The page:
Water Conservation Education Programs
We are pleased to announce that the Saving Water Partnership (SWP) is teaming up with Nature Vision, an award-winning environmental education non-profit, to bring innovative programs to your students during the school year! Our educational programs:
- are free
- last approximately one hour
- meet WA State Science Standards
- support teachers in STEM education goals and adoption of the Next Generation Science Standards
- consist of in-class and field programs that cover every grade level and multiple learning styles
Visit the Nature Vision site for a full list of SWP-supported programs and registration info.
Be Water Smart! Teacher Activity Guide (pdf)
This unit guides children in grades 1-6 through fun problem-solving experiences that lay a foundation for conserving water. The topics focus on general conservation, leaks, and conserving water specifically in the bathroom and at home. Each of the four topics within this unit uses a poster, class discussion and/or activity to address water conservation.
What Do You Know About H2O? (pdf). This quiz helps rate how much you or students know about where our water comes from, how water is used, and how to save water. (To prepare for the quiz, your students can rummage through the rest of our site. Our games, activities, fun facts and tours contain information that will help you improve your score!)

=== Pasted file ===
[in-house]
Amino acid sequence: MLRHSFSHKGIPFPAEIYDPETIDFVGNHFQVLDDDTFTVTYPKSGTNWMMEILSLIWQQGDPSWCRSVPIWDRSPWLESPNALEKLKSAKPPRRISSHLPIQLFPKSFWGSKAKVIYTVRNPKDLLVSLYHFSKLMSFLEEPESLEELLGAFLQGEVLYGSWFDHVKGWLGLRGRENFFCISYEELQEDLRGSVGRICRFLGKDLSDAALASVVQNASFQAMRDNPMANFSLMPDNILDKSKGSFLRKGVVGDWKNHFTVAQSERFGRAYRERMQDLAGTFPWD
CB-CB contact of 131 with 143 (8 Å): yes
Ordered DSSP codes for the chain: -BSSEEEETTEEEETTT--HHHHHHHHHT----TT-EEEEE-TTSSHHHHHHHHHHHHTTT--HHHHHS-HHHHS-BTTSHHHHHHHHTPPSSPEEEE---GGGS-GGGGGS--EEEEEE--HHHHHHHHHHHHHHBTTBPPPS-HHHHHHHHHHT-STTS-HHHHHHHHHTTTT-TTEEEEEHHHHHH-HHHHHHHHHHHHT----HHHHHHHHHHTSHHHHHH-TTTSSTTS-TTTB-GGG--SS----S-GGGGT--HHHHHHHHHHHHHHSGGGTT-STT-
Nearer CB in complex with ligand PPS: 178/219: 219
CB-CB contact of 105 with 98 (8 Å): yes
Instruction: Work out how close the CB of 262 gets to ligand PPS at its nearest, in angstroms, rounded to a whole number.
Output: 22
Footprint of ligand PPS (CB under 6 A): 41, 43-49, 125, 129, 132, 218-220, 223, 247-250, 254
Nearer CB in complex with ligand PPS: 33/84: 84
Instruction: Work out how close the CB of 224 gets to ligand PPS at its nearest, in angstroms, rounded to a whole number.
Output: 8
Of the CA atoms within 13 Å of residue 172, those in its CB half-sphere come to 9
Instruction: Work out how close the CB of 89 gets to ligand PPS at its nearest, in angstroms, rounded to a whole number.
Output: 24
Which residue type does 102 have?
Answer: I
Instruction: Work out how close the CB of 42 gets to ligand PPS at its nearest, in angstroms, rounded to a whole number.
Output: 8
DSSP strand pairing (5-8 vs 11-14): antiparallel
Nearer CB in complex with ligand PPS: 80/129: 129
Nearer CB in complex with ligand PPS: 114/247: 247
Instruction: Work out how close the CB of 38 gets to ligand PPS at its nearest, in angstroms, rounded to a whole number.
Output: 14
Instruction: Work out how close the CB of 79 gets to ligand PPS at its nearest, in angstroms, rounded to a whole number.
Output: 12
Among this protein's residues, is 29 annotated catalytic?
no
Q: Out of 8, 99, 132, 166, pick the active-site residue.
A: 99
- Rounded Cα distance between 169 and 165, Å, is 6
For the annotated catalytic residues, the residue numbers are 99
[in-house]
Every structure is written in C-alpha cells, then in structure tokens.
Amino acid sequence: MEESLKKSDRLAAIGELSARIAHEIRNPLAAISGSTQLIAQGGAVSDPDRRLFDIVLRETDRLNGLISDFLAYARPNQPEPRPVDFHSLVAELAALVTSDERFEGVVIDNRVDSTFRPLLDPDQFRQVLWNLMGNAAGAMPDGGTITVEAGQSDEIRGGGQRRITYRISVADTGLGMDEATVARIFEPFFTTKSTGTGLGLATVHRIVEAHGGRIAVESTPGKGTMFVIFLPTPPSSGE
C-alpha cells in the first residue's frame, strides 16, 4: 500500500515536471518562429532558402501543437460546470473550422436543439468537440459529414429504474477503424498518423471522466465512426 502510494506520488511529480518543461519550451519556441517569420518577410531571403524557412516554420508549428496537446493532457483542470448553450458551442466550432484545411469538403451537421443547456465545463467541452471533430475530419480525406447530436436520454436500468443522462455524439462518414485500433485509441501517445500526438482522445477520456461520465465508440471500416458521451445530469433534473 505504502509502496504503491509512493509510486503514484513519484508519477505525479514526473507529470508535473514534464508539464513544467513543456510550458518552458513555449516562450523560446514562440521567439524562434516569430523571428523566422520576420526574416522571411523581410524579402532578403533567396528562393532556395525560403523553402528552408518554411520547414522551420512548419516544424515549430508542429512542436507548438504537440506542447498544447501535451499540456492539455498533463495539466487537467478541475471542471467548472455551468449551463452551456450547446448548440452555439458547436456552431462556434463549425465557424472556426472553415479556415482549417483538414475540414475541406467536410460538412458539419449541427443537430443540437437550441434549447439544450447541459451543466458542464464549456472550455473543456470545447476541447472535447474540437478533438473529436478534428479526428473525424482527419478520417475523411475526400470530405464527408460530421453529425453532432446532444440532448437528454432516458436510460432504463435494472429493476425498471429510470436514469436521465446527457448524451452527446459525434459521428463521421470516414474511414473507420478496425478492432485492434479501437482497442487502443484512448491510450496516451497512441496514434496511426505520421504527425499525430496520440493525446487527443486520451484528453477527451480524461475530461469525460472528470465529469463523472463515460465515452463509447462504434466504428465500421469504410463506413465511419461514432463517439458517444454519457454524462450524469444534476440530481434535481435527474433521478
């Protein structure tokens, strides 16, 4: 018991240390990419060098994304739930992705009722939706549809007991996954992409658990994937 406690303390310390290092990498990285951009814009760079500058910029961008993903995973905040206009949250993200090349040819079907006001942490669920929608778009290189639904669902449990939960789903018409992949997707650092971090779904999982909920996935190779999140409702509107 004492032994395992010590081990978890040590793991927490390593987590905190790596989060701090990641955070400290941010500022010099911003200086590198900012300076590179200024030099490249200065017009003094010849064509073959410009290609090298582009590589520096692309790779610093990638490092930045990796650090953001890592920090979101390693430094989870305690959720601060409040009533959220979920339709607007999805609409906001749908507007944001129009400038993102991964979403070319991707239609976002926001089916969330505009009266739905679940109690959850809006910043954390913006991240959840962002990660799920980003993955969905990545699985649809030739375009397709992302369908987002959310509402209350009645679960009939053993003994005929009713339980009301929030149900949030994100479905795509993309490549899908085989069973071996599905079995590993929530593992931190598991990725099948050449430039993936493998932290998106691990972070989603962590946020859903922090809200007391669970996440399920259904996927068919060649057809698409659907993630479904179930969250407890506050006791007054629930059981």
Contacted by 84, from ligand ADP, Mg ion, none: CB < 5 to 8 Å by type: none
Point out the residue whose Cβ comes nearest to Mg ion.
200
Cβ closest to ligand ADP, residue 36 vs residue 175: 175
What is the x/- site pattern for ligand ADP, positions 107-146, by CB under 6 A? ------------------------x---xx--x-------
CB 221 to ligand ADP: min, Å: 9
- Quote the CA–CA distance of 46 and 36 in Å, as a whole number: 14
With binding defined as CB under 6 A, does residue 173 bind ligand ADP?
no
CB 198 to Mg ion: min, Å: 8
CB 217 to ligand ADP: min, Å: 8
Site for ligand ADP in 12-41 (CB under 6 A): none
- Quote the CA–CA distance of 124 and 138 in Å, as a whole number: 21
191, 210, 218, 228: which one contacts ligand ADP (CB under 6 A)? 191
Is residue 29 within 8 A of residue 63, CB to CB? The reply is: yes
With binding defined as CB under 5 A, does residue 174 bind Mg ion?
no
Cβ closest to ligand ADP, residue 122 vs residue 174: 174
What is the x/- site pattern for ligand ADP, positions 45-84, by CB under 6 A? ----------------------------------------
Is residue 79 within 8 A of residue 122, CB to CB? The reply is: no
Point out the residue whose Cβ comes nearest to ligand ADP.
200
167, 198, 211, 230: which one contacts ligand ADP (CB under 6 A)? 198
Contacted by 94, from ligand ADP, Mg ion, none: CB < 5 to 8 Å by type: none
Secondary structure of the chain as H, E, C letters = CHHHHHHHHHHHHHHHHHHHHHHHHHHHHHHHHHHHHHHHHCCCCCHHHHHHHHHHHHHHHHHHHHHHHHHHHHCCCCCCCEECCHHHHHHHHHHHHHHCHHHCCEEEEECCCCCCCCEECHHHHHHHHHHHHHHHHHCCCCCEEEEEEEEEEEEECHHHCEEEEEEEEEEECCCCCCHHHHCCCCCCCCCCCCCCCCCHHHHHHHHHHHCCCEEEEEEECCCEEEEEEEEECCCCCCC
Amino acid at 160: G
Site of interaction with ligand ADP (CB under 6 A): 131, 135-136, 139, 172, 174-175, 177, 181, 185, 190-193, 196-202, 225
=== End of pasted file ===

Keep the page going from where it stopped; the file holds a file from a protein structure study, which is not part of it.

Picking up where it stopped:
Field trips and tours of the Cedar River Watershed are available for school groups and the general public.
- School Field Trips - The Cedar River Watershed offers free 4th and 5th grade naturalist-led watershed education field programs to public and private schools in the spring and fall.
- Public Education Programs and Field Trips - The Cedar River Municipal Watershed supplies 70 percent of the Seattle area's drinking water. See a comprehensive list of Cedar River Watershed Summer Public Tours. All tours require preregistration.
- Cedar River Education Center - The Cedar River Watershed Education Center is a regional education facility created as a gathering place to connect people with the source of their water. The Center provides opportunities for thousands of visitors to learn about the complex issues surrounding the region's drinking water, forests and wildlife.